If, as Paul teaches, we corporately are the body of Christ, then does the current collective body of competing Christian theologies accurately reflect the mind of Christ. Certainly, no one can think so.
But, before the present time with our tens of thousands of Christian denominations, and before the Reformation that shifted the focus of Christianity from the decisions of church councils and the Pope to the Bible as the principle source of guidance, and before the great schism about a thousand years ago, even before there were arguments over the nature of Christ, the Trinity and whether Mary was the mother of God in the beginning of the age of Christendom (fourth century), even before there was a Catholic church (110 A.D.) there was original primitive Christianity.
While some of the focus of Christianity remains, much has changed over the millennia. The question is whether all or even any of the different traditions that have developed are correct, or the original believers were the ones that actually got it the most right. The place to start is by looking at the beliefs and practices of original, primitive Christianity, and seriously consider embracing them again even though some of them may be radically different from what you or I hold today.
In the days of original, primitive Christianity:
(In the listings below hyperlinks offer more information on the point being made.)
Elements usually still held today:
Elements still held today by some:
- The receiving and leading of the holy spirit, including the manifestations, was paramount. Many displayed the manifestations of the Spirit including prophecy, however, false prophecy was to be recognized and rejected. (Matt 7:15-19,2Pet 2:1)
- Believers did more than go to church together, they often worked, ate and lived together, bonded together in fellowship by faith.
- Followers were thrilled by the growth of the word of God (Jesus Christ) as signs, miracles and wonders followed the preaching by the disciples.(Acts 2:43,4:30, 5:12,8:6,14:3,15:12)
- Any kind of sin including sexual sin (any kind of sex outside of the marriage of a man and a woman) was taken as following the flesh instead of the spirit, therefore, there was no acceptance of adultery, fornication, and homosexuality.
- Ministers were allowed to be married as raising a family was considered valuable training in learning to lead a flock of believers.(1 Tim 3:2-4)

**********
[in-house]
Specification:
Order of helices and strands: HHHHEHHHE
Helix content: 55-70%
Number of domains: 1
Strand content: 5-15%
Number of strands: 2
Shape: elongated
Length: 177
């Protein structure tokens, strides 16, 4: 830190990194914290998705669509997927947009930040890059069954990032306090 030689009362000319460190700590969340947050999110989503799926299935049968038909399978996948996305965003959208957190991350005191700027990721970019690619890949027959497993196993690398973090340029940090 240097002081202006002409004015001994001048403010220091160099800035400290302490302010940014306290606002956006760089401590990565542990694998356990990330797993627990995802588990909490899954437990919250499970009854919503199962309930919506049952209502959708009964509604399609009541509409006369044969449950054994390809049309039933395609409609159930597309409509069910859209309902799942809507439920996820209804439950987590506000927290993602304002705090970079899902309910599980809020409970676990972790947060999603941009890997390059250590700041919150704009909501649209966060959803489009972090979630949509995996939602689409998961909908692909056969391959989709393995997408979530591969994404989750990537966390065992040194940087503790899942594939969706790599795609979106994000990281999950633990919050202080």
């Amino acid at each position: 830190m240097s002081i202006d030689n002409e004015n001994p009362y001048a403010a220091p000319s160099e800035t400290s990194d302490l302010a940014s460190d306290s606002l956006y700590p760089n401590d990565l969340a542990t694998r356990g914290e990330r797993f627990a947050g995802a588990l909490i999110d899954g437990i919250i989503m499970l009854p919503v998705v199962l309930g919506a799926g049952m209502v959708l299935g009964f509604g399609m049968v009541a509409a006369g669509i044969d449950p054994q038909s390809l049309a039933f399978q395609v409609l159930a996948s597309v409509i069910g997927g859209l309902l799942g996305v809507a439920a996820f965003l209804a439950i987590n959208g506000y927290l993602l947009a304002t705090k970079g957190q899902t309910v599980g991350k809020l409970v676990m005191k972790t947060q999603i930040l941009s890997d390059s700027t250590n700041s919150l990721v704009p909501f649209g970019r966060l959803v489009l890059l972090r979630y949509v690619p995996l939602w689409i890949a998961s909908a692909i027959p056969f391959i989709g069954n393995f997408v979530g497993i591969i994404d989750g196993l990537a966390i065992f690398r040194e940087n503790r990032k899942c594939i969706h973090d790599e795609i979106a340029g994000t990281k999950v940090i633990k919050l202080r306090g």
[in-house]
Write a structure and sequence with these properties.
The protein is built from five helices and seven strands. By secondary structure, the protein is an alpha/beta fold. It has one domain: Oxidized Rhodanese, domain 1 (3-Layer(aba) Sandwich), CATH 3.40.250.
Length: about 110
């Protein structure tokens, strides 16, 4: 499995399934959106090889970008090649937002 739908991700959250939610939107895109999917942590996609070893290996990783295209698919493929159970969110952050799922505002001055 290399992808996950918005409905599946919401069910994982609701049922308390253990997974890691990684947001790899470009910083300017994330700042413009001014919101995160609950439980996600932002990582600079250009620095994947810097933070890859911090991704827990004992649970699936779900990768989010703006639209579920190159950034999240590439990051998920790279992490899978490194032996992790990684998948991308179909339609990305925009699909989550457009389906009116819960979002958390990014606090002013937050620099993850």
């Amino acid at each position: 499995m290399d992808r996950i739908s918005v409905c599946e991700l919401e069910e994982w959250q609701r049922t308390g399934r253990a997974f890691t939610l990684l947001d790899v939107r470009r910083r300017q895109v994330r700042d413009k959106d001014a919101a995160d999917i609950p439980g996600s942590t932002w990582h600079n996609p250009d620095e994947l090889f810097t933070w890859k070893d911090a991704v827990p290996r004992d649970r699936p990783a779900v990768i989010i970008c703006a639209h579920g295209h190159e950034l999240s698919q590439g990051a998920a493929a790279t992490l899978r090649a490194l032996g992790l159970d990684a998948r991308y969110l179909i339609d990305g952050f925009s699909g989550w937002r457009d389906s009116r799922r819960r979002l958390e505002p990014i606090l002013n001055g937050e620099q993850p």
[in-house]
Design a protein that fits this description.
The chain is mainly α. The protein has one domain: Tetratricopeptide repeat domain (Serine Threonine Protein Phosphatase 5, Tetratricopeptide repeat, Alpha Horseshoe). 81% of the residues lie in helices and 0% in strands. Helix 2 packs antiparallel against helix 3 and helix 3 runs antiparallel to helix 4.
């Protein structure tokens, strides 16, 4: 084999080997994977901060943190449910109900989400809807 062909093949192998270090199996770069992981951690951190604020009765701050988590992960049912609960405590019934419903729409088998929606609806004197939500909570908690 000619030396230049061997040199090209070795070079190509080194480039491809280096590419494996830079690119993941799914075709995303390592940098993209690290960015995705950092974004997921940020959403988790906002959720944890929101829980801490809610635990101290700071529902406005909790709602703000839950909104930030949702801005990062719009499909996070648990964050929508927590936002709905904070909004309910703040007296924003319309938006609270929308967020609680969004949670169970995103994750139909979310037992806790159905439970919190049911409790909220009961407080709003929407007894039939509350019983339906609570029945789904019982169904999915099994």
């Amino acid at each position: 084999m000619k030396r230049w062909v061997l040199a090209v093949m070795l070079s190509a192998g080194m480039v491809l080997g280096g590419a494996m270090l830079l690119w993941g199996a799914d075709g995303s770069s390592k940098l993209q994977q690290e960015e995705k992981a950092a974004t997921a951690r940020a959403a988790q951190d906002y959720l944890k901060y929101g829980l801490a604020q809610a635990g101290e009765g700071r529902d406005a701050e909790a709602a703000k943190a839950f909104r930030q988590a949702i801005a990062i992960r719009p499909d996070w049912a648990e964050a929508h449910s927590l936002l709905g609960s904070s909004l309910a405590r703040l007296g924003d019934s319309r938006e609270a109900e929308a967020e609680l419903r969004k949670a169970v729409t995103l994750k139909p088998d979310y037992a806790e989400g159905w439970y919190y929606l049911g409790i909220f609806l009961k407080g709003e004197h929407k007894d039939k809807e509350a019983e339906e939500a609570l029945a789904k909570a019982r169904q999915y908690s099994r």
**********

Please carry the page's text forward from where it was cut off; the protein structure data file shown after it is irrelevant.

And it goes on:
- There was no rigid literal interpretation of many sections taken by some to be literal today. For example, the existing references by the early church fathers to the days in Genesis chapter one use the reference “for a day is to the Lord as a thousand years” showing their understanding of that section to be symbolic and not literal.
Elements held today by few, if any believers:
- Jesus proclaimed only the law and the prophets as the word of God, and no more.
- Other than the words of Jesus, and the law and the prophets, no writings were considered the word of God. Regarding the Old Testament there is no writing that shows that books outside of the law and the prophets (which include the psalms written by David, a prophet) were considered the word of God. As far as the Christian authors go, Clement and other early church writers did not identify the New Testament as scripture, except for the words of Christ. These writers uniquely identified the words of Christ as such (essentially equating the Lord’s words as scripture), and made no reference to Scripture in referring to what was later called New Testament verses and concepts. On the other hand, they did call references to the law and the prophets scripture.
- The Gospels were called memoirs and were the written witness accounts of some of the Apostles and their close disciples.
- People with the gift ministries (apostles, prophets, pastors, teachers, evangelists) were the spiritual leaders of the Church (as opposed to Bishops.) (Acts 13:1, 15:32)
Elements that are divisive today but didn’t appear to exist then:
- Bishops had not replaced apostles and prophets as arbiters of Christian doctrine. There was no Catholic Church under a central hierarchy of bishops with supreme authority. Disciples went to remote lands and started independent churches. (See The Leading of Original Christianity Was Done By Apostles and Other Gift Ministries through the Spirit, Not by Bishops As We Have Now.) Ignatius in 110 A.D. first wrote about a Catholic church with Bishops in total authority over all believers setting church laws that all must follow.
- Neither the deity of Christ, neither the Trinity, nor the belief of Mary as the Mother of God were taught or promoted.